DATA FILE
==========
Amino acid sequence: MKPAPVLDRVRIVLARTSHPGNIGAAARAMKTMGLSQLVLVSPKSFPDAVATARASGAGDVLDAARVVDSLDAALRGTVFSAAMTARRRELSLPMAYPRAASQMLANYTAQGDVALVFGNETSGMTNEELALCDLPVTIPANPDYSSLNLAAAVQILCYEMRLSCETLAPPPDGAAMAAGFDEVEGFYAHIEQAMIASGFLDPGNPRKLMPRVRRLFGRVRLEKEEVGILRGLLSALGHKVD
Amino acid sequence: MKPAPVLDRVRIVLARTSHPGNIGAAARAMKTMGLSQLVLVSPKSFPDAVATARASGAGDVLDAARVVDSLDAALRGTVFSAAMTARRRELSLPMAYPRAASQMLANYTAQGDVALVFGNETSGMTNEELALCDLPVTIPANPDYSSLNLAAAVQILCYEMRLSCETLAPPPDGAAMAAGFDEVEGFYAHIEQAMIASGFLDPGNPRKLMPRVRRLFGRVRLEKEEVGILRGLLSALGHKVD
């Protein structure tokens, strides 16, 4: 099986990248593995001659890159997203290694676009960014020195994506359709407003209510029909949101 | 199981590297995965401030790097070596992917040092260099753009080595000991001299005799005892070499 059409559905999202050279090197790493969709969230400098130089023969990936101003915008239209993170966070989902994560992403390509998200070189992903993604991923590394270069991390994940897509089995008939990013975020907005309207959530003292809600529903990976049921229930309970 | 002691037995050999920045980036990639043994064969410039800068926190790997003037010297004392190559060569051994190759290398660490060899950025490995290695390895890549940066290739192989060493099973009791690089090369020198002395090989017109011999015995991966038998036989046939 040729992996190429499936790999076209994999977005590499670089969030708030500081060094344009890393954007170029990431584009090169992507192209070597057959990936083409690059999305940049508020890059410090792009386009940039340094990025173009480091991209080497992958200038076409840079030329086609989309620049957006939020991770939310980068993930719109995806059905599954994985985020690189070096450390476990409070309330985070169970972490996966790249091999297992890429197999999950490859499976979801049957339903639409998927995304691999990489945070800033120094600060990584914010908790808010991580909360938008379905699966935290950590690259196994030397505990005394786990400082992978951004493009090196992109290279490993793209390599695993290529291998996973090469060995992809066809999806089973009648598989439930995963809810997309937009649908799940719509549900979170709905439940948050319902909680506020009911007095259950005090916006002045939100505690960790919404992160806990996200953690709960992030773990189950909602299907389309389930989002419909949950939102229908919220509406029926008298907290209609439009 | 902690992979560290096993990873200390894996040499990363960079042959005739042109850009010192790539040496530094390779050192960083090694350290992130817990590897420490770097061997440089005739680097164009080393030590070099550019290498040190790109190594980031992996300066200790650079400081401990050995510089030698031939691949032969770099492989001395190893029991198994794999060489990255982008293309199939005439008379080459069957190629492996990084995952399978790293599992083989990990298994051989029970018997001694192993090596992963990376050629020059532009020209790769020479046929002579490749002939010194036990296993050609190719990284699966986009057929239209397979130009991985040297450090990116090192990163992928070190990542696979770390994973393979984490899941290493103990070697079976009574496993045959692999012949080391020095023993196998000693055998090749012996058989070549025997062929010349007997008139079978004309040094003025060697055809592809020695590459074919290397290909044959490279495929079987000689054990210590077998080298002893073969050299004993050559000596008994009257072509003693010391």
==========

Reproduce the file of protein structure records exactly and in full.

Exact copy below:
Amino acid sequence: MKPAPVLDRVRIVLARTSHPGNIGAAARAMKTMGLSQLVLVSPKSFPDAVATARASGAGDVLDAARVVDSLDAALRGTVFSAAMTARRRELSLPMAYPRAASQMLANYTAQGDVALVFGNETSGMTNEELALCDLPVTIPANPDYSSLNLAAAVQILCYEMRLSCETLAPPPDGAAMAAGFDEVEGFYAHIEQAMIASGFLDPGNPRKLMPRVRRLFGRVRLEKEEVGILRGLLSALGHKVD
Amino acid sequence: MKPAPVLDRVRIVLARTSHPGNIGAAARAMKTMGLSQLVLVSPKSFPDAVATARASGAGDVLDAARVVDSLDAALRGTVFSAAMTARRRELSLPMAYPRAASQMLANYTAQGDVALVFGNETSGMTNEELALCDLPVTIPANPDYSSLNLAAAVQILCYEMRLSCETLAPPPDGAAMAAGFDEVEGFYAHIEQAMIASGFLDPGNPRKLMPRVRRLFGRVRLEKEEVGILRGLLSALGHKVD
């Protein structure tokens, strides 16, 4: 099986990248593995001659890159997203290694676009960014020195994506359709407003209510029909949101 | 199981590297995965401030790097070596992917040092260099753009080595000991001299005799005892070499 059409559905999202050279090197790493969709969230400098130089023969990936101003915008239209993170966070989902994560992403390509998200070189992903993604991923590394270069991390994940897509089995008939990013975020907005309207959530003292809600529903990976049921229930309970 | 002691037995050999920045980036990639043994064969410039800068926190790997003037010297004392190559060569051994190759290398660490060899950025490995290695390895890549940066290739192989060493099973009791690089090369020198002395090989017109011999015995991966038998036989046939 040729992996190429499936790999076209994999977005590499670089969030708030500081060094344009890393954007170029990431584009090169992507192209070597057959990936083409690059999305940049508020890059410090792009386009940039340094990025173009480091991209080497992958200038076409840079030329086609989309620049957006939020991770939310980068993930719109995806059905599954994985985020690189070096450390476990409070309330985070169970972490996966790249091999297992890429197999999950490859499976979801049957339903639409998927995304691999990489945070800033120094600060990584914010908790808010991580909360938008379905699966935290950590690259196994030397505990005394786990400082992978951004493009090196992109290279490993793209390599695993290529291998996973090469060995992809066809999806089973009648598989439930995963809810997309937009649908799940719509549900979170709905439940948050319902909680506020009911007095259950005090916006002045939100505690960790919404992160806990996200953690709960992030773990189950909602299907389309389930989002419909949950939102229908919220509406029926008298907290209609439009 | 902690992979560290096993990873200390894996040499990363960079042959005739042109850009010192790539040496530094390779050192960083090694350290992130817990590897420490770097061997440089005739680097164009080393030590070099550019290498040190790109190594980031992996300066200790650079400081401990050995510089030698031939691949032969770099492989001395190893029991198994794999060489990255982008293309199939005439008379080459069957190629492996990084995952399978790293599992083989990990298994051989029970018997001694192993090596992963990376050629020059532009020209790769020479046929002579490749002939010194036990296993050609190719990284699966986009057929239209397979130009991985040297450090990116090192990163992928070190990542696979770390994973393979984490899941290493103990070697079976009574496993045959692999012949080391020095023993196998000693055998090749012996058989070549025997062929010349007997008139079978004309040094003025060697055809592809020695590459074919290397290909044959490279495929079987000689054990210590077998080298002893073969050299004993050559000596008994009257072509003693010391």